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originally posted by: Boscowashisnamo
a reply to: infolurker
Having lived within 20 miles of Seattle for my entire life, I have heard this meme repeated since the '64 quake. There are many factors involved, but taking all data into consideration, I don't doubt we are overdue for a major quake in our region.
We have quake-proofed our home(per utilities suggestions), set aside supplies to be self-sufficient for 60 days, and maintained insurance coverage. Past that, I have no control over what happens. It does amaze me that many I know have not taken any steps to prepare for/survive a major seismic event.
As to why the sudden hype, it appears to be a cyclic media alert every few years. I seem to remember the local affiliates running similar stories just after BHO was elected, and during the latter part of the Clinton presidency prior to that.
originally posted by: burdman30ott6
a reply to: The Vagabond
Just based on the "everything west of I-5, we assume will be toast" comment by the regional authority is enough to say that the casualties in that scenario would be monsterous. Seattle's bulk density is west of I-5. Factor in the very real probability that a major quake will destroy the crumbling Viaduct, 520 floating bridge East pylons, and potentially the I-90 bridge, and you have a whole lot of folks who are going to be stuck if a big tsunami comes into the area.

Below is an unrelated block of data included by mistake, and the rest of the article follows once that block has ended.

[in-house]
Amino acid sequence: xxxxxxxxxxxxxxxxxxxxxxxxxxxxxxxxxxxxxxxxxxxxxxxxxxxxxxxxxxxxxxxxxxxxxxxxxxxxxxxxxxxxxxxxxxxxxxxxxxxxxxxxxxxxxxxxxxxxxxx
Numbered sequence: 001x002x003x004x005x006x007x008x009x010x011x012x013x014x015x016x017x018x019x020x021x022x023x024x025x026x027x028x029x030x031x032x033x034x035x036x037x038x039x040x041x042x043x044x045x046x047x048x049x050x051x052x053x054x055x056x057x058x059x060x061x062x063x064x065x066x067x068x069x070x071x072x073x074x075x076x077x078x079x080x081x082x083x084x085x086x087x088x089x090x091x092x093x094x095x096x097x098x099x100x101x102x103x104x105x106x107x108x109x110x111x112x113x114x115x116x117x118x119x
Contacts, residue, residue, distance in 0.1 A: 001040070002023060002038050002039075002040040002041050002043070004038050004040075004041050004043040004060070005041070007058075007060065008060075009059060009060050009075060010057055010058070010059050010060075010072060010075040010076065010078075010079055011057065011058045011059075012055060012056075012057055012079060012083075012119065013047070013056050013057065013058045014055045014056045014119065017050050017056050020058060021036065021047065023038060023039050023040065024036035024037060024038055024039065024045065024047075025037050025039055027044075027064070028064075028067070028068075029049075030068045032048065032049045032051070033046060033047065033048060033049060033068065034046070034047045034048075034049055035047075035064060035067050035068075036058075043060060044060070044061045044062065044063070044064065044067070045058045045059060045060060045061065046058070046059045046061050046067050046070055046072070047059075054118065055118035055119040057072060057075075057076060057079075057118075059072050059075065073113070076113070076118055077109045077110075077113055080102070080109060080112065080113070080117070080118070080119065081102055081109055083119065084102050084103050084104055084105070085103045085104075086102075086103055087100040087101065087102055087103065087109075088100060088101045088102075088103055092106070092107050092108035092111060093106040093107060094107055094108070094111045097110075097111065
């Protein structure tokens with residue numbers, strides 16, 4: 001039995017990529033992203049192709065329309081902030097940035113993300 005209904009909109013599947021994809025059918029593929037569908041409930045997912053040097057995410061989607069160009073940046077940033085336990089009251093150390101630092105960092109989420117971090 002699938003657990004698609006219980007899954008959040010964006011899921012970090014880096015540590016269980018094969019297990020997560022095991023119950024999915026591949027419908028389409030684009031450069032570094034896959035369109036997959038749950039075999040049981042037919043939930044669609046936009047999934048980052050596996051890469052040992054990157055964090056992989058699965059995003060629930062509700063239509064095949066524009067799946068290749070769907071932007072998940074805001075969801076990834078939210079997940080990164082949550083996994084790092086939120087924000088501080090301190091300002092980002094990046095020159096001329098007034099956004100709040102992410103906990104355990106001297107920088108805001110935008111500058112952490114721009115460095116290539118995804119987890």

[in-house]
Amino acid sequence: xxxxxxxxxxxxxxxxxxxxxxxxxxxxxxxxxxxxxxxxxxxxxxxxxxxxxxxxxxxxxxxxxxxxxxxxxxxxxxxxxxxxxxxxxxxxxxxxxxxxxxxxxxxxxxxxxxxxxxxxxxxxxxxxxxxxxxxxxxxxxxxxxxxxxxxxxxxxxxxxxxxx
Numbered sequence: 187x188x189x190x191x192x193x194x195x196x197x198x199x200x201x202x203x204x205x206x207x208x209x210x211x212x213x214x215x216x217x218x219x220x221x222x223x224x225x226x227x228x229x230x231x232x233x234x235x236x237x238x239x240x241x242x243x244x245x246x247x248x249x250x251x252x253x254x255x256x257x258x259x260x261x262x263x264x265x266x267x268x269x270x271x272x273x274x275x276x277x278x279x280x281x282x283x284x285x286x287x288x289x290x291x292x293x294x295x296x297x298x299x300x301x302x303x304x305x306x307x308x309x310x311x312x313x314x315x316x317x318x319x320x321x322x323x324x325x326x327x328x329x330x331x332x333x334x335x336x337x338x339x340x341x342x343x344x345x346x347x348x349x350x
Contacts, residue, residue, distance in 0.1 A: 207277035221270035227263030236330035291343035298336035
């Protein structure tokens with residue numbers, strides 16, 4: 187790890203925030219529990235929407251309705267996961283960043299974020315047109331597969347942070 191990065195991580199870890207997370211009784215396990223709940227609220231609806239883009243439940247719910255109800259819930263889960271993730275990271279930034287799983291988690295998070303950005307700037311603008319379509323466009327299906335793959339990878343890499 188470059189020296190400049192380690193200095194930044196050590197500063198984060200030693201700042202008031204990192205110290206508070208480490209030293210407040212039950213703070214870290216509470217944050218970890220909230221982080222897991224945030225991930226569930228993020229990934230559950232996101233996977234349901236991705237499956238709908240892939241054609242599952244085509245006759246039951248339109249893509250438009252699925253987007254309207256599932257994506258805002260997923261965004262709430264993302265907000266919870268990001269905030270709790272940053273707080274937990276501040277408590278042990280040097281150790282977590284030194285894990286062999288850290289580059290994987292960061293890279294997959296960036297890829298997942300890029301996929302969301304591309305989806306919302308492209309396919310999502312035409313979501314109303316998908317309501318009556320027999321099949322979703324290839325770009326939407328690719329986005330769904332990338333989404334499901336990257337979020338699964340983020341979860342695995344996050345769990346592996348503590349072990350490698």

"The Big One" may not occur in the near future, but it's caused some to tremble on social media. The recent New Yorker article about the potential for a catastrophic event in the Puget Sound was also on the agenda at the Washington State Transportation Commission meeting in Seattle on Tuesday.
The commission received a special briefing from emergency managers, who for the most part agreed with much of the New Yorker article and even took it one step further.
"The truth is, we're not ready," said Peter Antolin, Deputy Director of Washington's Emergency Management Division.
He told the commission a 9.0 quake in the Cascadia Subduction Zone would cause significant damage, as the article suggested. However, he dismissed the idea that everything "west of Interstate 5 will be toast."
Breaking down the MEGA-earthquake threat "Define toast," Antonlin said.
"I think the reality is there will be pockets where people will be able to survive."
According to researchers, there has not been a major quake in the Cascadia Subduction Zone since 1700 and these type of major events happen every 300-500 years.
However, the deputy director said the article brings up a discussion that people in Western Washington need to have.
He added that the state will be better prepared after a four-day, real-time exercise next year. "Cascadia Rising 2016" will take place June 7-10, 2016.